by Shameera Nair Lin

Cantina’s minimalist layout provides a soothing café atmosphere.

I am on my second cup of coffee; an ice-cold latte carefully brewed with a Brazilian blend, one of Cantina’s regular offerings. Time is nothing but a painful blur at this point, and I am sketching out my Hari Kebangsaan plans on Google Docs. However, I am sitting in front of VCR’s operations manager, Alwin Yu, about to press him on all things Cantina-related. Perhaps you’ve come across this quiet hub away from the office cubicle: located on the 8 th floor of Menara YTL, they are an extension to the VCR cafes seen around KL. From that second cup of coffee, I think you can guess that I am – indeed – a bit of a fan. Alwin certainly sees that too: ‘How many cups have you had today?’

At this point, I’m fairly certain about half my salary goes toward Alwin’s salary. It’s time to turn the tenor of the conversation. So, how did a project such as Cantina come to fruition? It all started in Sentul, when VCR was shortlisted for the Sentul Park project. After a meeting with Yeoh Pei Teeng from YTL Land and Development, Alwin was asked if he would be interested in developing a café for Menara YTL.

This did not occur without its set of challenges; Cantina, as Alwin informs me, is customised to the needs of the YTL community itself. From every item on the menu to the layout, a hands-on approach was employed by all parties involved. For the Cantina team, this meant altering the minimalist layout that furnishes the VCR cafes. The biggest shift from VCR to Cantina was, by far, changing the types of meals offered. Cantina’s menu is, by and large, moulded on the humble roots of Kopitiam-style Malaysian food, including rich offerings such as the classic nasi lemak and eggs and toast at an affordable rate. Moreover, full quality control is conducted on all meals going out of Cantina and into our bellies; you’re bound to get a good meal. One of Alwin’s personal favourites is the beef gyudon; I am personally a nasi lemak kind of person.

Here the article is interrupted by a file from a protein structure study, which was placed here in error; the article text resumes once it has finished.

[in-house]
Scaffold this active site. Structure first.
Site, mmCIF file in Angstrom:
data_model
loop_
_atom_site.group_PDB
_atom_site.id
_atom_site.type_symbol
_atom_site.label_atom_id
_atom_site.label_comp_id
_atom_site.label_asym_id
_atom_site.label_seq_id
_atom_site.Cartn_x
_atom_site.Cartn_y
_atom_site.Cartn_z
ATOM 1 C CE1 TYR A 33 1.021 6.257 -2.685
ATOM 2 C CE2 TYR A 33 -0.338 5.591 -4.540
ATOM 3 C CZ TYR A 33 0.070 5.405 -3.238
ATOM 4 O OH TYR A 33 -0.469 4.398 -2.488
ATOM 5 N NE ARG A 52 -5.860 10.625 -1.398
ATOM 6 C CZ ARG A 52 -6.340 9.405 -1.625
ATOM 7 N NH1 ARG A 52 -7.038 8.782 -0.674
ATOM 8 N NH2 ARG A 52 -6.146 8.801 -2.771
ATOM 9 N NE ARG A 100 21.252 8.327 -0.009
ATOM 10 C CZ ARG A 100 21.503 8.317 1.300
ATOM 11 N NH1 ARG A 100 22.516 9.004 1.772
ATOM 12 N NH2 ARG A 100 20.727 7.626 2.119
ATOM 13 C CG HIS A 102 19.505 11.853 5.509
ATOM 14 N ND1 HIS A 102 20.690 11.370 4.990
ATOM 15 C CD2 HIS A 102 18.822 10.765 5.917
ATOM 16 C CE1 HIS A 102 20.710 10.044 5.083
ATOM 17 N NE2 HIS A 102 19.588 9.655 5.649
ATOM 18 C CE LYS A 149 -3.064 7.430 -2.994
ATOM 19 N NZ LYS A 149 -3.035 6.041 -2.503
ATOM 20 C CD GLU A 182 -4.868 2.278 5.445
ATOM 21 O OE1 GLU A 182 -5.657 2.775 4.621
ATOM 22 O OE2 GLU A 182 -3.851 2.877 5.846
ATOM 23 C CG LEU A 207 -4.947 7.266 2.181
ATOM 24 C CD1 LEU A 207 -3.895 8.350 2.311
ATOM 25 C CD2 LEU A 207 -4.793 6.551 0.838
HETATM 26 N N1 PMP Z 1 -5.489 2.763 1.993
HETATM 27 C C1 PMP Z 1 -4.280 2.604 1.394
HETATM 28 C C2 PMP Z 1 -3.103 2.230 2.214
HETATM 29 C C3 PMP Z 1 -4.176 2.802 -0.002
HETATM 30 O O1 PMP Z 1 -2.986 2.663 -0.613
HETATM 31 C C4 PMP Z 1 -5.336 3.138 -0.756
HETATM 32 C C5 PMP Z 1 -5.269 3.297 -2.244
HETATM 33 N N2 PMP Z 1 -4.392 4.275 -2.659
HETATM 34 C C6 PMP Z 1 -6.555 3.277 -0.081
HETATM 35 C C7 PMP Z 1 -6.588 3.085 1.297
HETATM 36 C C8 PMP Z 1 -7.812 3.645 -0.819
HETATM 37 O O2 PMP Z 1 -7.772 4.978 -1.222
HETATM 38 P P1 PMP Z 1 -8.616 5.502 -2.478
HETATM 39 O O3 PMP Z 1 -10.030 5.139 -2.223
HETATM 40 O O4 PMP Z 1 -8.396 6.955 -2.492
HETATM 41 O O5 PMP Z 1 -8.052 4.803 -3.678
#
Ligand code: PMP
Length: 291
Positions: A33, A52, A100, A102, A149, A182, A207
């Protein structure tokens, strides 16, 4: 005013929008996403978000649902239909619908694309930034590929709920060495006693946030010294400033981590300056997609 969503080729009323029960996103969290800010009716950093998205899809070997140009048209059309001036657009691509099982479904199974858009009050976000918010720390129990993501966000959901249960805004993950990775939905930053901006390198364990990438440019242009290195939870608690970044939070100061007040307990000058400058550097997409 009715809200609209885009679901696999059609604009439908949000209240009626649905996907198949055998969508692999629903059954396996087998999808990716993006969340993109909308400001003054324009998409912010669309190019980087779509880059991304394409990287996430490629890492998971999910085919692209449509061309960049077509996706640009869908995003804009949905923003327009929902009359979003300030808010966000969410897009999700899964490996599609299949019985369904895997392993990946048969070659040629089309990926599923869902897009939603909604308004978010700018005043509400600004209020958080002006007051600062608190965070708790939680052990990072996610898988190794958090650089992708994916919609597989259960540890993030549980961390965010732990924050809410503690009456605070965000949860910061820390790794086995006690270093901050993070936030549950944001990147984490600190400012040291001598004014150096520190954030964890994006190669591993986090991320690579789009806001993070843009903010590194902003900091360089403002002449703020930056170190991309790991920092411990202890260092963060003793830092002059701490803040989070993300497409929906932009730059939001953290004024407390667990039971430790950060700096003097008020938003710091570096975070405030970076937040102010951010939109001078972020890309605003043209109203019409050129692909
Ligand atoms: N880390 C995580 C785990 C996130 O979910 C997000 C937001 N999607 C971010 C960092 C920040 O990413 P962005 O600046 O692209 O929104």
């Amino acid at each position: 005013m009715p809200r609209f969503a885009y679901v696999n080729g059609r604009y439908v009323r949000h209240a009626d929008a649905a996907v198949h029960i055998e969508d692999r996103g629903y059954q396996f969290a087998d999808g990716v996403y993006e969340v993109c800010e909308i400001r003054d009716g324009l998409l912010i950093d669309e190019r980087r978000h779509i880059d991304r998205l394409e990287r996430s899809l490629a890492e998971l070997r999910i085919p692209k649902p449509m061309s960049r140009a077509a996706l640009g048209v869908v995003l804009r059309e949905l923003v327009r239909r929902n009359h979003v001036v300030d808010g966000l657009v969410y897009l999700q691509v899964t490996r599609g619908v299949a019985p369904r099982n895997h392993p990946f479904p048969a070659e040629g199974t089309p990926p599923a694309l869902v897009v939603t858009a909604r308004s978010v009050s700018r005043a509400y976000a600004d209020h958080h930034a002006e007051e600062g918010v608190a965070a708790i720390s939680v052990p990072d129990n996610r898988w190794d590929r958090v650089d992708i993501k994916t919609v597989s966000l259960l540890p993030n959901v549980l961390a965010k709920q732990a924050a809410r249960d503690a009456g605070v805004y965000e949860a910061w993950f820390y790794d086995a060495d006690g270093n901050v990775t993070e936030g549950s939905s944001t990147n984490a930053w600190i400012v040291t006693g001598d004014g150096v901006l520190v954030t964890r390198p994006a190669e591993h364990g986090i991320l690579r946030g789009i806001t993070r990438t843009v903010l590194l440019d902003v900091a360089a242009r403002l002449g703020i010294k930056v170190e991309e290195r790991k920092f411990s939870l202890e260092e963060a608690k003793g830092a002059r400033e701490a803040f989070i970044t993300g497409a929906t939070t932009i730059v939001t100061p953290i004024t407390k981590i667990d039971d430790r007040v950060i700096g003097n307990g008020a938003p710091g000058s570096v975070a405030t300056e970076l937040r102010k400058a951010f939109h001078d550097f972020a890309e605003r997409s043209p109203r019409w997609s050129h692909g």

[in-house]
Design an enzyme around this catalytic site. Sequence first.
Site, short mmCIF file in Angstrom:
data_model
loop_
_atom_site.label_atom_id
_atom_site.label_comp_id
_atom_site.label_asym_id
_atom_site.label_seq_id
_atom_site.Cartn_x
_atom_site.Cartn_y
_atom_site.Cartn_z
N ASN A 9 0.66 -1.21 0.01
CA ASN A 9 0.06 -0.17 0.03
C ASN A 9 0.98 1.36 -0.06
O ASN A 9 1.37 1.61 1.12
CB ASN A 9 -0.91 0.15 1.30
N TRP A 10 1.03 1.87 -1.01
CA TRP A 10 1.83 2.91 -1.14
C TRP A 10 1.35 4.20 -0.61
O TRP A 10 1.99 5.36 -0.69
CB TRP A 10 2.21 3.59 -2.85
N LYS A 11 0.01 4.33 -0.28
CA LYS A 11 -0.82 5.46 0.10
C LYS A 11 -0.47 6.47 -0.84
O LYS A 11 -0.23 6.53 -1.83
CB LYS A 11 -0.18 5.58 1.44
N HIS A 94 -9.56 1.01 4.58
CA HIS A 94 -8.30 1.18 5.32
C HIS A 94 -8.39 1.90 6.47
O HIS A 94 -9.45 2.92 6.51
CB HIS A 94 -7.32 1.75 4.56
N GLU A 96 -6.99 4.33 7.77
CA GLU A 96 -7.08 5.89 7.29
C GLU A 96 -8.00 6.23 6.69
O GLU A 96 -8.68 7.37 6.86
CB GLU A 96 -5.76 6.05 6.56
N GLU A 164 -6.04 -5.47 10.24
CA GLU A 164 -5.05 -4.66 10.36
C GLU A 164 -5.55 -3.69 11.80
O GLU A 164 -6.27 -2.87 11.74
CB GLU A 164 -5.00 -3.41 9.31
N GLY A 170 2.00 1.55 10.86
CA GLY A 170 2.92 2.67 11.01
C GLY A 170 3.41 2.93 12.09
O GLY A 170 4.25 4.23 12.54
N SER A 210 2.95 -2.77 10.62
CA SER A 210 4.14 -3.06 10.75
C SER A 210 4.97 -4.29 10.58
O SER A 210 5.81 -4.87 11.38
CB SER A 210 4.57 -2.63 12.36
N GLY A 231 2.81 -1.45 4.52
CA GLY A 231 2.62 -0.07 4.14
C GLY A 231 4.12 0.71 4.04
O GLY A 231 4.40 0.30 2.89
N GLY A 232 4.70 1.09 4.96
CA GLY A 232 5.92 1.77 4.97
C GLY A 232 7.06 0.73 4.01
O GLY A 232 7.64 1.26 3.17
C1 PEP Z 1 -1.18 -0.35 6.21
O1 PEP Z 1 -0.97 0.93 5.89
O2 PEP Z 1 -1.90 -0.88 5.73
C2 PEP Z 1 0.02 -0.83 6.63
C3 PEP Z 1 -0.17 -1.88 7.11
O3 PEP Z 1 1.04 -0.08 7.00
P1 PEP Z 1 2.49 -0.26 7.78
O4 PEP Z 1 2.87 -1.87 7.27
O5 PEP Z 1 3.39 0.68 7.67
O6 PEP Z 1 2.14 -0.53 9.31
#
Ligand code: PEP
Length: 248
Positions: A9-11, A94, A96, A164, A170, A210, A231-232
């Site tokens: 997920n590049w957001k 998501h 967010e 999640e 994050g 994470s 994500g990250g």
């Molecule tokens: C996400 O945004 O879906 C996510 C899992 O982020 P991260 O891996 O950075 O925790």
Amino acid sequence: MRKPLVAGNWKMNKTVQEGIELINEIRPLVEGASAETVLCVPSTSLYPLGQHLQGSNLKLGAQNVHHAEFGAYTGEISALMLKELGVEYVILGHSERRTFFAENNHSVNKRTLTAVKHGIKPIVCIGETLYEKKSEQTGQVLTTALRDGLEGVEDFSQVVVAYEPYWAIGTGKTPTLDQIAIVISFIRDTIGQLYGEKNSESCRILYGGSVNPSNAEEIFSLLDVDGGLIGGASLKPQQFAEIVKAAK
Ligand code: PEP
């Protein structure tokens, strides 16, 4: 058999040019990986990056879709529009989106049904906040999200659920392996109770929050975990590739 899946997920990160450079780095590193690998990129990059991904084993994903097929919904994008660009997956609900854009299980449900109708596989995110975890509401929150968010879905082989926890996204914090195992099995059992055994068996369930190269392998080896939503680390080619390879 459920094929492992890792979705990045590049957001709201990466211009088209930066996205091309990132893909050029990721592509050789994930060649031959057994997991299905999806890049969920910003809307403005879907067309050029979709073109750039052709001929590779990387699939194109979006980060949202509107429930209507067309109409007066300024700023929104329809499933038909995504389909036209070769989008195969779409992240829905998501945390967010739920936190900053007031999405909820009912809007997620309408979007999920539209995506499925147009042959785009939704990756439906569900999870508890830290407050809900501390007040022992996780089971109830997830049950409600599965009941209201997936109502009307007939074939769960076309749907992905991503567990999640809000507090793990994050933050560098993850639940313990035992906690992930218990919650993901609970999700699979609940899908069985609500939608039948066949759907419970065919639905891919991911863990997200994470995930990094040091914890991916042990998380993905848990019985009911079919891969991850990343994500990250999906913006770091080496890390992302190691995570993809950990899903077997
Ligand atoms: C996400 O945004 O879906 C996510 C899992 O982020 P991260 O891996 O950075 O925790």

Some of Cantina’s offerings (from top, right to left, clockwise): beef gyudon; chicken stir-fry with Thai basil; granola; superbowl.

Having had warm conversations with the individuals involved in making my cherished latte, however, I wanted to know more about the people behind Cantina. After a while, we get into the heart of the matter: ‘Cantina is a neighbourhood kind of business.’ What this means is that visiting the eighth floor is not merely about getting a cup of coffee, or a comforting plate of Malaysian food – it’s about forging ‘up close and personal’ friendships, new connections percolating and brewing constantly.

Meet Rex and Hanah, some of the friendly faces you will come to know as you frequent the cafe.

Inversely, you are also welcome to sit there without external interruptions – it is, simply, anything you want it to be. If you need a friendly smile, it is the place to go. And if you need some solitude, it functions as such. Admittedly, I sometimes visit Cantina to start the workday on the right tone – one of encouragement. Unlike any other café, Alwin observes, Cantina is a space where everyone who visits becomes a regular presence – you get to know the people you’re around. Amidst the flurried frenzy of the workday, it is rather soothing to know that you can find a space for yourself.

Apart from the people-oriented spirit of the café, Cantina also offers personalised meeting room deliveries and are planning on restarting their floor delivery service. To order, go to and select anything from the day’s offerings. Personally, however, I recommend paying the café a visit for the full experience. Once, a colleague of mine spotted Cantina baristas measuring freshly-baked cakes. If eating cakes is not your thing, perhaps a bit of a chuckle at watching people measuring cake sizes is what you need for a pick-me-up. I, for one, will be doing that.